Ryanair: Flying to the top on nickels and dimes

Earlier today, Irish airline Ryanair (RYAAY) posted a 550 percent rise in its quarterly profits. While largely due to a significant reduction in the price of gas, some of the company's impressive earnings jump is due to a recent 13 percent drop in average fares, a move that spurred an 11 percent jump in traffic. Net profits for the three months ending on June 30 was $136.5 million euros, a significant rise over the 132 million euros predicted by analysts.

It isn't hard to see how Europe's cheapest airline makes its money. While not exactly bait-and-switch, Ryanair engages in what might be euphemistically be called bait-and-nickel-and-dime, offering insanely low fares, then hitting its customers with fees for everything, including boarding passes, carry-ons, online check-in, infants, checked baggage, baby strollers, sports equipment, and musical instruments. Ryanair's CEO, Michael O'Leary, has even proposed charging customers for airsickness bags, bathrooms, and obesity.
O'Leary has played his more bizarre suggestions for maximum promotional value; whether or not he is serious about making customers pay for nature's call, there is little doubt that his fare structure is a stroke of genius. Even with all its fees, Ryanair is still, far and away, the cheapest short-hop airline in Europe. This means that, even after customers realize that they were roped in with amazingly low prices, they still have to acknowledge that they are getting very good deals. While this may result in some disgruntled flyers, it also results in repeat business, particularly after the memories of bad fees fade.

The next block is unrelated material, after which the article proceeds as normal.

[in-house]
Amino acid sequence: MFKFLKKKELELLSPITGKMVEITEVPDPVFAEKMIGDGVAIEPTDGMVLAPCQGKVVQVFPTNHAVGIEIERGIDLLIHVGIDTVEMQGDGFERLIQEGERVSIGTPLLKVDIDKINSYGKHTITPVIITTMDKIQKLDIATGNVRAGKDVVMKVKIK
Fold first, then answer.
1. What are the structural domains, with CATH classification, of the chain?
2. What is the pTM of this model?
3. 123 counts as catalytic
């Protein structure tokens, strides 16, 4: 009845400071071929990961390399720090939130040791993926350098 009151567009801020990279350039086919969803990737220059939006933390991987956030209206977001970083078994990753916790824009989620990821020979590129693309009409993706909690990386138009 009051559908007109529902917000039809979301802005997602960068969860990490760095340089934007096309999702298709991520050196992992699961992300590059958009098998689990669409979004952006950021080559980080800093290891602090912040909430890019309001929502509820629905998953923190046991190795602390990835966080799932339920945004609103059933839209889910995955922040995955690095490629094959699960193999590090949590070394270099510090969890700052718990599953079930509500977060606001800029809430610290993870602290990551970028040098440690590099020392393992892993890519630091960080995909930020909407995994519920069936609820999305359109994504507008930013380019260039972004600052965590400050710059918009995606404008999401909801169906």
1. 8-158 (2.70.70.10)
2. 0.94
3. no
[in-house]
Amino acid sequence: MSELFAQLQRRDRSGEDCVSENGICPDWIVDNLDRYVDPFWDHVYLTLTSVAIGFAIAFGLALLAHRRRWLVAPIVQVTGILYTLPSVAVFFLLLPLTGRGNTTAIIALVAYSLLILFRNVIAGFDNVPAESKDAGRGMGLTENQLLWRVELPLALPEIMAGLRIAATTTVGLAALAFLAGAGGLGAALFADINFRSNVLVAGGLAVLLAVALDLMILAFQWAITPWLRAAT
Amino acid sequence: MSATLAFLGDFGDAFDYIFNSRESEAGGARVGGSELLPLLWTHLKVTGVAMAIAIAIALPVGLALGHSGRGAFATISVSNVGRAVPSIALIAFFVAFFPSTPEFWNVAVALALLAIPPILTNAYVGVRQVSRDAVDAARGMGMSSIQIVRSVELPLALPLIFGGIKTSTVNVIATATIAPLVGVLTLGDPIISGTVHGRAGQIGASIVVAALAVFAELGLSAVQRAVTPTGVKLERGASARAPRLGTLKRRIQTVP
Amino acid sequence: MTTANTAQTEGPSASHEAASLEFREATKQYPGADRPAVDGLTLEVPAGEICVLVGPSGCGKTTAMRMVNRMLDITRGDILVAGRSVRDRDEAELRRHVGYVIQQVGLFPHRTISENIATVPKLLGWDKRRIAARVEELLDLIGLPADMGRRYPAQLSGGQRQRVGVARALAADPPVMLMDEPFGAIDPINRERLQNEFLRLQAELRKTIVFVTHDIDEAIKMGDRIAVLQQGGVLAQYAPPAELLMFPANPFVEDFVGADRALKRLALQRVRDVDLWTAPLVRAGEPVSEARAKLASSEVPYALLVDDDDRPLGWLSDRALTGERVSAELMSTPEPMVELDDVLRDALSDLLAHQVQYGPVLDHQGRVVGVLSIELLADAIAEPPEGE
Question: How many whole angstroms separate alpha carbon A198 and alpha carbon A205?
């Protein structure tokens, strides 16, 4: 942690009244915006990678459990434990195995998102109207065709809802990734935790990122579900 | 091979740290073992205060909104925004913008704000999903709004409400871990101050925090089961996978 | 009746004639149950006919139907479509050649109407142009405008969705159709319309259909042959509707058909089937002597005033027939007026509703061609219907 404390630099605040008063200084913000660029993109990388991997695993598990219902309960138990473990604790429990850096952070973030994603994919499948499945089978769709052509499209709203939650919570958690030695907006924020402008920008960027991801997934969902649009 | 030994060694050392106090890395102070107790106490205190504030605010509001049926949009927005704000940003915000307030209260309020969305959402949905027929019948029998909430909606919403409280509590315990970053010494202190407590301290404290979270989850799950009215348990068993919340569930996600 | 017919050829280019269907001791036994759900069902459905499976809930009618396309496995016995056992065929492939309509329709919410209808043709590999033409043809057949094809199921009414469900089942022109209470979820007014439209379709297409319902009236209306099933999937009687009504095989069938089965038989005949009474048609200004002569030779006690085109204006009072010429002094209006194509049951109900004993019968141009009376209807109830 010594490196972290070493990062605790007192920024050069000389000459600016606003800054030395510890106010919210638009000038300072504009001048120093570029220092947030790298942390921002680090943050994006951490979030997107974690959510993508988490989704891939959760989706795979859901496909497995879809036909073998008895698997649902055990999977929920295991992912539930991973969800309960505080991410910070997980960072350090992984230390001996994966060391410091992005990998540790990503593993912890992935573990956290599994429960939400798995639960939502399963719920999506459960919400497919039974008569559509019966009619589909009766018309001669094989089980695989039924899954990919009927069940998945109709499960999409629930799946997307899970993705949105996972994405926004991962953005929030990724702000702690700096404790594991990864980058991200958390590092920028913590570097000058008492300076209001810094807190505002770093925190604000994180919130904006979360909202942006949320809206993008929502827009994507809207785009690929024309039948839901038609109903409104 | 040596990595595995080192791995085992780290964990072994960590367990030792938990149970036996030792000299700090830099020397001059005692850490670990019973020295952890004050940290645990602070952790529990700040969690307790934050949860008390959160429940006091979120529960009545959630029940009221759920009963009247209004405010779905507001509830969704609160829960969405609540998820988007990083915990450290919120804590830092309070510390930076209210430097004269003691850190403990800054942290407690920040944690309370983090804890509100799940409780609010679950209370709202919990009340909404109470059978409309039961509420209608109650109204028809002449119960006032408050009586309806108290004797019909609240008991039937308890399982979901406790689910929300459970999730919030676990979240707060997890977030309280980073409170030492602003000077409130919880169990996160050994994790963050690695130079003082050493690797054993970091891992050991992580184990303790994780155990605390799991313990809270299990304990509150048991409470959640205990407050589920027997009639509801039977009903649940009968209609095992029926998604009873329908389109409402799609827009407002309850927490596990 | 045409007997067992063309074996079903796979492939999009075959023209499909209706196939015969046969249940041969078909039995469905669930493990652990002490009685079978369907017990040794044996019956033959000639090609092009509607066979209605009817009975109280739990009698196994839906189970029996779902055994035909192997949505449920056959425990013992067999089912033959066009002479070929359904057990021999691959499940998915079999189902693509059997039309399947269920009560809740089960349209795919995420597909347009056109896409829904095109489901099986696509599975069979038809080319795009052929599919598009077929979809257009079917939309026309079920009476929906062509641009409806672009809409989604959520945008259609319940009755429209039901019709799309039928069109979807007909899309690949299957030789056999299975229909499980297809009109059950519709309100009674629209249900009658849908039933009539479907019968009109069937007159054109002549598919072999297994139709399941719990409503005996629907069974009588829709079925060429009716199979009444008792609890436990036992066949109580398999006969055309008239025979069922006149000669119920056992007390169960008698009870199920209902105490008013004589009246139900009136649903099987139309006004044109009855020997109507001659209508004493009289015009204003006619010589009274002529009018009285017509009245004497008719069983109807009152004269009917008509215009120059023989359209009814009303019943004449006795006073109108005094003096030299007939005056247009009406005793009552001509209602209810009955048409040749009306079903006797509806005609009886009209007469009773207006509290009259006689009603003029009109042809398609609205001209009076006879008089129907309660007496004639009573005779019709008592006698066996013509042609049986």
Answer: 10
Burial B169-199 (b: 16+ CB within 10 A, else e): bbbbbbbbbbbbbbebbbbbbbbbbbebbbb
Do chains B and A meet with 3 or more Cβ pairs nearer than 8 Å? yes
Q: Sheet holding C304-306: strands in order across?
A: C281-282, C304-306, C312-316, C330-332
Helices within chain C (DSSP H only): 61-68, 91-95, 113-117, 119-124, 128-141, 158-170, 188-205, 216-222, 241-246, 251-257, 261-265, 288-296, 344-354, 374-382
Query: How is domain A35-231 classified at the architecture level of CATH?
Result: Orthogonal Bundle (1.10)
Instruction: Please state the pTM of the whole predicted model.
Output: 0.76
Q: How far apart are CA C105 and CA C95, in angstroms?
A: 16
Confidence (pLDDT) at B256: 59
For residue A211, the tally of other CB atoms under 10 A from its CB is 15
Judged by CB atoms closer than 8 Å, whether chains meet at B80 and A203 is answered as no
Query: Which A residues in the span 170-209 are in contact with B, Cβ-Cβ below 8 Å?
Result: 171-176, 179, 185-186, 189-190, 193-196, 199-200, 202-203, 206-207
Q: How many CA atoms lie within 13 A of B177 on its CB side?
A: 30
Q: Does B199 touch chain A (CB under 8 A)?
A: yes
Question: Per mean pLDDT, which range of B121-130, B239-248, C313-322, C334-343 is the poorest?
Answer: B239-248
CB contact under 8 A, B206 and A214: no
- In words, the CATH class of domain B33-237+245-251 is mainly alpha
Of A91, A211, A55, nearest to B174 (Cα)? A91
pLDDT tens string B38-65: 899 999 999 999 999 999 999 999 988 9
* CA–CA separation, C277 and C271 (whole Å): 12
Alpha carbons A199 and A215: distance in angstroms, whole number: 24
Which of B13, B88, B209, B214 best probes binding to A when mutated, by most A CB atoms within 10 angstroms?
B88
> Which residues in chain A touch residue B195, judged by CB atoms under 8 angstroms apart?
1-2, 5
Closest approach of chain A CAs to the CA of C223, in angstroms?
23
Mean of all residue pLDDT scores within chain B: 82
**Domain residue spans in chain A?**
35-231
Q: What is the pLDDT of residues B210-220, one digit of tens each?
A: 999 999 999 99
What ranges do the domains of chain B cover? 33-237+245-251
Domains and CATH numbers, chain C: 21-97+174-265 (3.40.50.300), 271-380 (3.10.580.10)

This, incidentally, stands in stark contrast to the many U.S. carriers that have experimented with Ryanair-style fees. Last year, when gas prices rose stratospherically, JetBlue decided to start charging for pillows, U.S. Air charged for nuts and blankets, and other airlines instituted a variety of nuisance fees. The difference is that these airlines, unlike RyanAir, were charging market rates on their fares, which means that customers couldn't even console themselves with the knowledge that they were getting particularly good deals. In Ryanair's case, outrageous fees seem understandable, and aren't likely to harm the company's relationship with its customers; in the case of America's airlines, many consumers are still feeling very mistrustful.

Despite the pleasant earnings surprise, investors have reacted negatively to Ryanair's lower outlook for the rest of the year, and the stock is down over seven percent in Monday morning trading.
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